There are two ways to make Tc equal Tp, one asymptotic, one absolute. The asymptotic approach is to make the length of the gain section very small compared to that of the phase modulation section, so that Tc asymptotically approaches Tp. The absolute approach is to make the gain and phase modulation sections coincident, so that the length of the section in which no phase modulation occurs is zero.
One structure in which the gain and phase modulation sections are longitudinally coincident is the twin-guide structure developed by Amman et al, as shown in the laser device 300 of FIG. 3. In spite of its name, the twin-guide structure is actually a single-guide device. The laser device is split into two sections, one being the phase modulation section 310 or tuning zone, the other the gain section 320 or active zone. The relative indices of these two sections are both higher than that of the outside cladding regions 330, so that the optical mode is confined in the center, just as it is in an optical fiber. A thin doped center layer region 340 is used to forward-bias the gain section 320, so that the medium is inverted (for gain), and to back-bias the phase modulation section 310, so that the index of refraction within the laser cavity can be controlled, either by means of the electro-optic effect, or by a band-edge or quantum-confined Stark effect. A Bragg grating 350 etched into a substrate 370 provides internal reflection within the structure for feedback. The device shown in FIG. 3 actually uses forward bias in the phase modulation section in order to get large frequency excursions. However, others have made similar devices that use a reverse bias to control the dielectric constant (e.g. as described by Wolf et al., “Modulatable Laser Diode For High Frequencies,” U.S. Pat. No. 5,333,141, issued Jul. 26, 1994.).
In operation, a laser current is applied at the laser electrode 361 to provide a constant current to the gain section 320 to provide the optical gain required for laser operation. A modulation current is applied at the modulation electrode 363 to control the index of refraction with the phase modulation section 310 for modulating the optical frequency of the laser structure 300.
The performance of the twinguide laser device 300 is limited either by the finite capacitance of the structure, if the phase modulation section is operated in the reverse bias mode, or by the recombination time of the injected carriers, if operated in the forward bias mode. For reverse-biased structures, the phase modulation section 310 and the center layer region 340 act as a capacitor, thus providing a finite capacitance. This capacitance limits the frequency of the modulation signal that can be applied to the modulation electrode 363. The capacitance may be reduced by reducing the size of the phase modulation section 310, but this will reduce the maximum frequency excursion provided by the device. Forward-biased devices are capable of relatively large frequency swings, but have a maximum modulation rate of 200 MHz, due to the recombination time of the injected carriers.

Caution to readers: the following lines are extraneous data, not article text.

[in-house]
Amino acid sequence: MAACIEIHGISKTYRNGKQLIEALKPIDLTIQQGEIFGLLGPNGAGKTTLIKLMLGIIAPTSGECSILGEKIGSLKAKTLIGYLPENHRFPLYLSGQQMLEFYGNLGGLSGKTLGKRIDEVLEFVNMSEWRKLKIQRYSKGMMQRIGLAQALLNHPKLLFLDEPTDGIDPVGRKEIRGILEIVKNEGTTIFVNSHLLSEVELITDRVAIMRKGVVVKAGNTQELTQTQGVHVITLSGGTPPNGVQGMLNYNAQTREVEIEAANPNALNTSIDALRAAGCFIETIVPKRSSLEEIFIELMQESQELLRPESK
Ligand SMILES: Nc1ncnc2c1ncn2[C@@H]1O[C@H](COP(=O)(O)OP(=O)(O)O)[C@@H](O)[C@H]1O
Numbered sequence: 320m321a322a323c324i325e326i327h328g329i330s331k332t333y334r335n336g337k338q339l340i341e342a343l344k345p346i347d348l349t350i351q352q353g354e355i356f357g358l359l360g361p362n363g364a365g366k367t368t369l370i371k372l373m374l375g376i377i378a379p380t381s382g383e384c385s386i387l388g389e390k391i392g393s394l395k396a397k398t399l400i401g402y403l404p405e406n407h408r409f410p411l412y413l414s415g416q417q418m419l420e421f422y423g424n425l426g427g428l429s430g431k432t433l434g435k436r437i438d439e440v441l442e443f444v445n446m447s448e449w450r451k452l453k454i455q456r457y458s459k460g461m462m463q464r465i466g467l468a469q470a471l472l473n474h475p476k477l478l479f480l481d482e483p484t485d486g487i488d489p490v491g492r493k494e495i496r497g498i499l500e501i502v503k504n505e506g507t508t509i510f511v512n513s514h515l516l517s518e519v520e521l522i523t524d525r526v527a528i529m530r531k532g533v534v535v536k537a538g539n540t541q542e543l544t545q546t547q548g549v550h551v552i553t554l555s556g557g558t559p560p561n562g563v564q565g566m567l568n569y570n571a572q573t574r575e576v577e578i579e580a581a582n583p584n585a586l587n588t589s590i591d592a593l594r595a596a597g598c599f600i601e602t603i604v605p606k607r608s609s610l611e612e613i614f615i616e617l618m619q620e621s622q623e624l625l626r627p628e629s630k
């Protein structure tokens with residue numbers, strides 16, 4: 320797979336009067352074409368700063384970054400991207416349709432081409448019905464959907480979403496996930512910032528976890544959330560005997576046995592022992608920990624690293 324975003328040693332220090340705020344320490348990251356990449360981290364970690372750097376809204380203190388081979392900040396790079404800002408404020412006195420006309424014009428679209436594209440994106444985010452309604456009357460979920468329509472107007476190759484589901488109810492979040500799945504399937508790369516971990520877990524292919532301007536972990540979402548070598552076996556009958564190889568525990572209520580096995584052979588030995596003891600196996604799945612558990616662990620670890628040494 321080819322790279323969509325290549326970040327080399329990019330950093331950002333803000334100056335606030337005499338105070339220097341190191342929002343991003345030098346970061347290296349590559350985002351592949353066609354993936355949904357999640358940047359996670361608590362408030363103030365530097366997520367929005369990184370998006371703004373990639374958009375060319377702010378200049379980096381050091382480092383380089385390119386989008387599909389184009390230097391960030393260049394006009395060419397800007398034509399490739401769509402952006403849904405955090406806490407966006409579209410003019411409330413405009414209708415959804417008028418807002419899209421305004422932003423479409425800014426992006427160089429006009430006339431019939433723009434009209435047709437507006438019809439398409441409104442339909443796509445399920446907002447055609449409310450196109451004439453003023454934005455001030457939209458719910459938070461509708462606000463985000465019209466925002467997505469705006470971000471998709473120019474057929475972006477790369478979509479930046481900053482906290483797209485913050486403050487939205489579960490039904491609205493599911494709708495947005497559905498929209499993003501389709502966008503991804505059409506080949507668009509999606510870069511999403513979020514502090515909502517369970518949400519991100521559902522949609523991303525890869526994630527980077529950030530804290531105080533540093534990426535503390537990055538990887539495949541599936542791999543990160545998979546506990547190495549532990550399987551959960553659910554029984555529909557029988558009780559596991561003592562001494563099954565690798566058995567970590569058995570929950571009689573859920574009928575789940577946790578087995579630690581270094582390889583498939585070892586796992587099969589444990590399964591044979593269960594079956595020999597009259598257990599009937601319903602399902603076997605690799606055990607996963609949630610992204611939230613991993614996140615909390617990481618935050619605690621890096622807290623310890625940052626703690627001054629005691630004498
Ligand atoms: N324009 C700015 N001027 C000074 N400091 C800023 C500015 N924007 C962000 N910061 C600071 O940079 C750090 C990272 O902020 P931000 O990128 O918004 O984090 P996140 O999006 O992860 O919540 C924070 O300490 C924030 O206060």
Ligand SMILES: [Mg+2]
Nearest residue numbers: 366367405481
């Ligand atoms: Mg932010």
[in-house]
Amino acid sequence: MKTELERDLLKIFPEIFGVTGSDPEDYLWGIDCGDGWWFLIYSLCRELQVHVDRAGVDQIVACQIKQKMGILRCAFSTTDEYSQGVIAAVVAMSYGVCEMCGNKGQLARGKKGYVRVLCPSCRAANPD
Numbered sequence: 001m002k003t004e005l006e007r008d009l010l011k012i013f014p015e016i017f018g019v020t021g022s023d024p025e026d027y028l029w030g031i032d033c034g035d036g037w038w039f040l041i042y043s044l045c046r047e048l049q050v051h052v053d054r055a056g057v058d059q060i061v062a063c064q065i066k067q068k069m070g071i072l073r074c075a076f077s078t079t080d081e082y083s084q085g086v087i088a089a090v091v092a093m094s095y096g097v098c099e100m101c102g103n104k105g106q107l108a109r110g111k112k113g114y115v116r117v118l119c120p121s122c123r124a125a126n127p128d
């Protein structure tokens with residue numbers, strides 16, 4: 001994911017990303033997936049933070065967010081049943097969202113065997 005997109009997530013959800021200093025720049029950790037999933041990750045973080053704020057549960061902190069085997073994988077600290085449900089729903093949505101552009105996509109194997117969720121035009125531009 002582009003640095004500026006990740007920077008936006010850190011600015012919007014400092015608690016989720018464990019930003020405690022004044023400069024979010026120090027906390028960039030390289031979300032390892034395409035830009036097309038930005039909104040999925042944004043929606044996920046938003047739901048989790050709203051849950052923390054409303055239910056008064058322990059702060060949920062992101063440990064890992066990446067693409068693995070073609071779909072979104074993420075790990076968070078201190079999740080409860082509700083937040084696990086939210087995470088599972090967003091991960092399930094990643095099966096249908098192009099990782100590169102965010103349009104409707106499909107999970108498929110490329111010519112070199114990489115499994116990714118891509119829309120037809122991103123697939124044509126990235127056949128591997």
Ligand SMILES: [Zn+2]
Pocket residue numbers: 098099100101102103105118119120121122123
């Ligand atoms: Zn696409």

In addition, the modulation frequency provided by the twinguide laser device 300 is limited by the radio frequency characteristics of applying a high frequency signal at the center of the modulation electrode 363. The modulation electrode 363 is a relatively long and narrow metal layer, such that a high frequency signal applied at the center of the electrode will propagate away from the center of the electrode towards the ends of the electrode and then reflect from those ends back to the center. The electric field that results from the applied high frequency signal will, therefore, not cause an equal change in the index of refraction within the laser cavity simultaneously. As the frequency of the modulation signal becomes higher, or the length of the device becomes longer, the radio frequency propagation effect reduces the modulation effectiveness of the twinguide laser device 300, when operated without a transverse-driving electrode. As described below, the transverse-driving electrode of the present invention provides improved modulation effectiveness.
Existing apparatus and methods for generating frequency-modulated light have limitations that restrict the modulation of light at extremely high modulation frequencies. The speed of direct modulation in a laser diode is limited by photon lifetimes and the lifetimes of the injected carriers. External frequency (phase) modulators that use changes in the index of refraction must employ traveling wave structures that match the propagation velocities of the RF and optical fields. The higher the modulation frequency, the more difficult it is to achieve this velocity match.
Therefore, there still exists a need in the art for apparatus and methods that provide for very high bandwidth frequency modulation of optical signals.
Accordingly, it is an object of the present invention to provide apparatus and methods for providing high bandwidth frequency modulation of optical signals.
High modulation rates for frequency modulated lasers are provided by embodiments of the present invention by making the gain and phase modulation sections of the laser cavity longitudinally coincident and by changing the index of refraction within the phase modulation section uniformly and simultaneously in time. The index of refraction is changed by passing the modulating field over a laser cavity transversely, so that the entire length of the laser cavity sees the same time element of the modulating field at the same time. The laser cavity must be either partially or totally filled with a material that will change its index of refraction in the presence of an electric field. Note that, according to the present invention, the index of refraction throughout the entire laser cavity does not have to be uniformly changed, but only that the index if refraction along an entire lengthwise portion of the laser cavity be uniformly and simultaneously changed. A traveling wave structure is used to apply the electric field to the laser cavity such that the radio frequency field in the traveling wave structure propagates perpendicularly to the direction of light propagation. The traveling wave structure does not need to match the propagation velocities of the light and RF fields, since the two fields propagate in orthogonal directions.